I never thought I was capable of saying them. Several years ago, it would have been unheard of. From me, anyway.
"Tama na po!"
I bet you are thinking of what context these three words were used. I bet too that some of you might even been thinking of something naughty. Well, to set the records straight from the beginning, here is the story.
I was in West Covina, one late morning last week to purchase a balikbayan box. West Covina is now one of the hubs of Filipino activities in Southern California, with lots of big supermarkets, restaurants, bakeries, small stores, banks, and other remittances offices. I got hungry after I acquired the box, and Toto's Lechon was just around the corner. Time for an early lunch.
The array of trays of foods are mouth-watering, more so if you are hungry. The grill is right there behind the counter, so you can smell the delicious aroma of burning meat, like barbecued chicken and pork chops. The smoke goes up the vent, but some is left inside the store, to permeate to the unconscious mind the idea of a home-cooked meal.
The two-course combination lunch costs around five dollars. Before I made my selection, the lady scooped two heaping full ladles of rice on my plate, then added some more. Normally, I would have welcomed that generosity. I like rice. No, I love rice!
And that's when I said: "Tama na po." "Isang sandok lang."
Still reverberating in my mind were all the comments and greetings bestowed upon me by friends and relatives I had not seen for quite sometime during my last vacation in March to the Philippines.
"Ang taba mo!" Oh, there's another three words.
When I was growing up, it was a nice thing to say--a compliment really, because it meant you were not starving, or you were eating healthy. Being payat then was synonymous to a lack of healthy food, or just plain food. The rich people were mataba, the poor, payat.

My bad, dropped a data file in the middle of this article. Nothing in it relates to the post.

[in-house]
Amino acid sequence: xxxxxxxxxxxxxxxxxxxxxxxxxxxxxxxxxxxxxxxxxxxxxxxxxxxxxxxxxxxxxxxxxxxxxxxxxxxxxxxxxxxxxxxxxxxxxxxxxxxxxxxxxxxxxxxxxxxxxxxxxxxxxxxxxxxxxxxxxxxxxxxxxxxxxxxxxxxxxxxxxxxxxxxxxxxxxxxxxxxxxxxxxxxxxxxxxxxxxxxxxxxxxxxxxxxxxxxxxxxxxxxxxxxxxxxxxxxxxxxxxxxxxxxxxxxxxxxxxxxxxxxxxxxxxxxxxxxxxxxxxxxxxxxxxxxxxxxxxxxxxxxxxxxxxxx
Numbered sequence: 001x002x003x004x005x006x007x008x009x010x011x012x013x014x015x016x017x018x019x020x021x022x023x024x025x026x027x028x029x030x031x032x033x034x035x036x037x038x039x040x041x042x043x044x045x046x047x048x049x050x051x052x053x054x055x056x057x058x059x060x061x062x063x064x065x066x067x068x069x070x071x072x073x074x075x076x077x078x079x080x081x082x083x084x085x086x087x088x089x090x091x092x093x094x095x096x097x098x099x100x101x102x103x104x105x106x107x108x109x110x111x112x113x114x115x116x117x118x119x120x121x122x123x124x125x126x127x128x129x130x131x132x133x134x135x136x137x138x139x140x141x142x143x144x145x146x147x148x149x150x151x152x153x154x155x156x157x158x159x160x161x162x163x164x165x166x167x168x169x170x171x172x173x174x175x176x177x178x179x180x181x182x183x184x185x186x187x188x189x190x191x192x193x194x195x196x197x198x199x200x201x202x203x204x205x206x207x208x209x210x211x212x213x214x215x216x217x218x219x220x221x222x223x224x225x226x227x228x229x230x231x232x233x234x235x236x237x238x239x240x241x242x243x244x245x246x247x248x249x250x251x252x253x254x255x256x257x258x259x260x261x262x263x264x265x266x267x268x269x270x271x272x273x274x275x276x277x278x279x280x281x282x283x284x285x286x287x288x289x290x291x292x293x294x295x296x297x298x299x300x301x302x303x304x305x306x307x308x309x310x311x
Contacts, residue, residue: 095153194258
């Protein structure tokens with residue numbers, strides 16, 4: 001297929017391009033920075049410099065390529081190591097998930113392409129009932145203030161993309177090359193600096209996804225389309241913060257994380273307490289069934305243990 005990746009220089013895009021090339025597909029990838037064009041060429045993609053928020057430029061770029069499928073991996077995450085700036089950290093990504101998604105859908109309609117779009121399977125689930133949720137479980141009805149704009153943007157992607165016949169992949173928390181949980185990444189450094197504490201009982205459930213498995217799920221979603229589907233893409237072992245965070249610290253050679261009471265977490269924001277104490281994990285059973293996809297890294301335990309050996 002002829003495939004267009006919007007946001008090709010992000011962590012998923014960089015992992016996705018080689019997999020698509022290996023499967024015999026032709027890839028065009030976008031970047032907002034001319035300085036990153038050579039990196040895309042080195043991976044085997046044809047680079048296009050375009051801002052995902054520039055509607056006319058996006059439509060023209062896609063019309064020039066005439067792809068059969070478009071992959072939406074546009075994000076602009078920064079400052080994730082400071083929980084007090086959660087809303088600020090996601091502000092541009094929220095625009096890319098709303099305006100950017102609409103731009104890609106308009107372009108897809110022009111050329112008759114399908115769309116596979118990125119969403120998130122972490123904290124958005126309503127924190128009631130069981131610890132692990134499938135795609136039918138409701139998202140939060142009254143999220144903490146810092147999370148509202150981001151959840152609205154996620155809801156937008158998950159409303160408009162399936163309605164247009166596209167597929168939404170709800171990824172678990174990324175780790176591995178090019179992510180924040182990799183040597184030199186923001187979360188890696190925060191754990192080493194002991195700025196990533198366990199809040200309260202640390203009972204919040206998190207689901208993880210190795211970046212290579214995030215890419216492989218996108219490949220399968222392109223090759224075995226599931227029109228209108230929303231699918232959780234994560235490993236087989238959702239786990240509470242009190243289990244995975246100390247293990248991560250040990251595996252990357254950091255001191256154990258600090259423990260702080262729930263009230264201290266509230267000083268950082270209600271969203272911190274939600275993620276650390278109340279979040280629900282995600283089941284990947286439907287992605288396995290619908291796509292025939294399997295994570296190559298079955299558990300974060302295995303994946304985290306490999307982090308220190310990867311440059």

But maybe not so anymore nowadays. Maybe I was just mataba. Period.
Well, probably so. I gained five more pounds while I was on vacation. So, one of the things I promised to do was lose a few pounds when I got back. I remembered when my first daughter got married, I went into a diet mode. Hundreds of pictures were going to be taken, not to mention the video of the ceremonies and reception. By simply eating less, with the same daily activities without joining any exercise facilities, I was able to get down to my desirable weight.
This time is a different story though. It's much harder to lose weight because of my age. My metabolism is down. I don't burn as many calories as before. And maybe, I am not as active as before too.
Anyway, the lady with the ladle gave herself a quiet smile. Or maybe it was a grin. I didn't ask why. I just assumed she had the idea that rice causes my weight problem. Or she was happy that there would be more rice for others. Or maybe she asked herself why I did not offer to cut down on the pork chop and lumpia. What? Sira ba ang ulo niya?
Anyway, in a span of six weeks, I lost ten pounds. I weigh myself everyday, sometimes morning, afternoon and evening. I eat more fruits and vegetables. More fish and chicken. Less rice and bread. I cut down also on soda. Eat the same amount of nuts. Consume the same amount of wine. But basically, I just eat less. No more second servings. No more evening snacks while watching TV. Sometimes, I can not believe my self. I found self-control!
Would it have something to do with my chest pains lately? Or the stories I heard about friends and relatives having strokes or heart attacks? Or the constant reminders from my better half? Or maybe both.
Today, while waiting for the doctor in the private waiting room for my three-month follow up- checkup, I noticed a poster on the wall. It gave the ideal weight for a person's height. Something that has to do with body fat ratio. Mine, at five feet seven inches, I should be 153 pounds at the heaviest. Wow, is that right? I have another thirteen pounds to go?
I had the urge to rip that poster off the wall right then and there. And when I calmed down and mellowed out, I thought of another way to combat this angry feeling. I took out my pen and wrote on one corner of the poster the initials ATM. And this I hope will be my rallying cry to succeed.
Wish me luck with my new ATM motto: "Ang Taba Mo."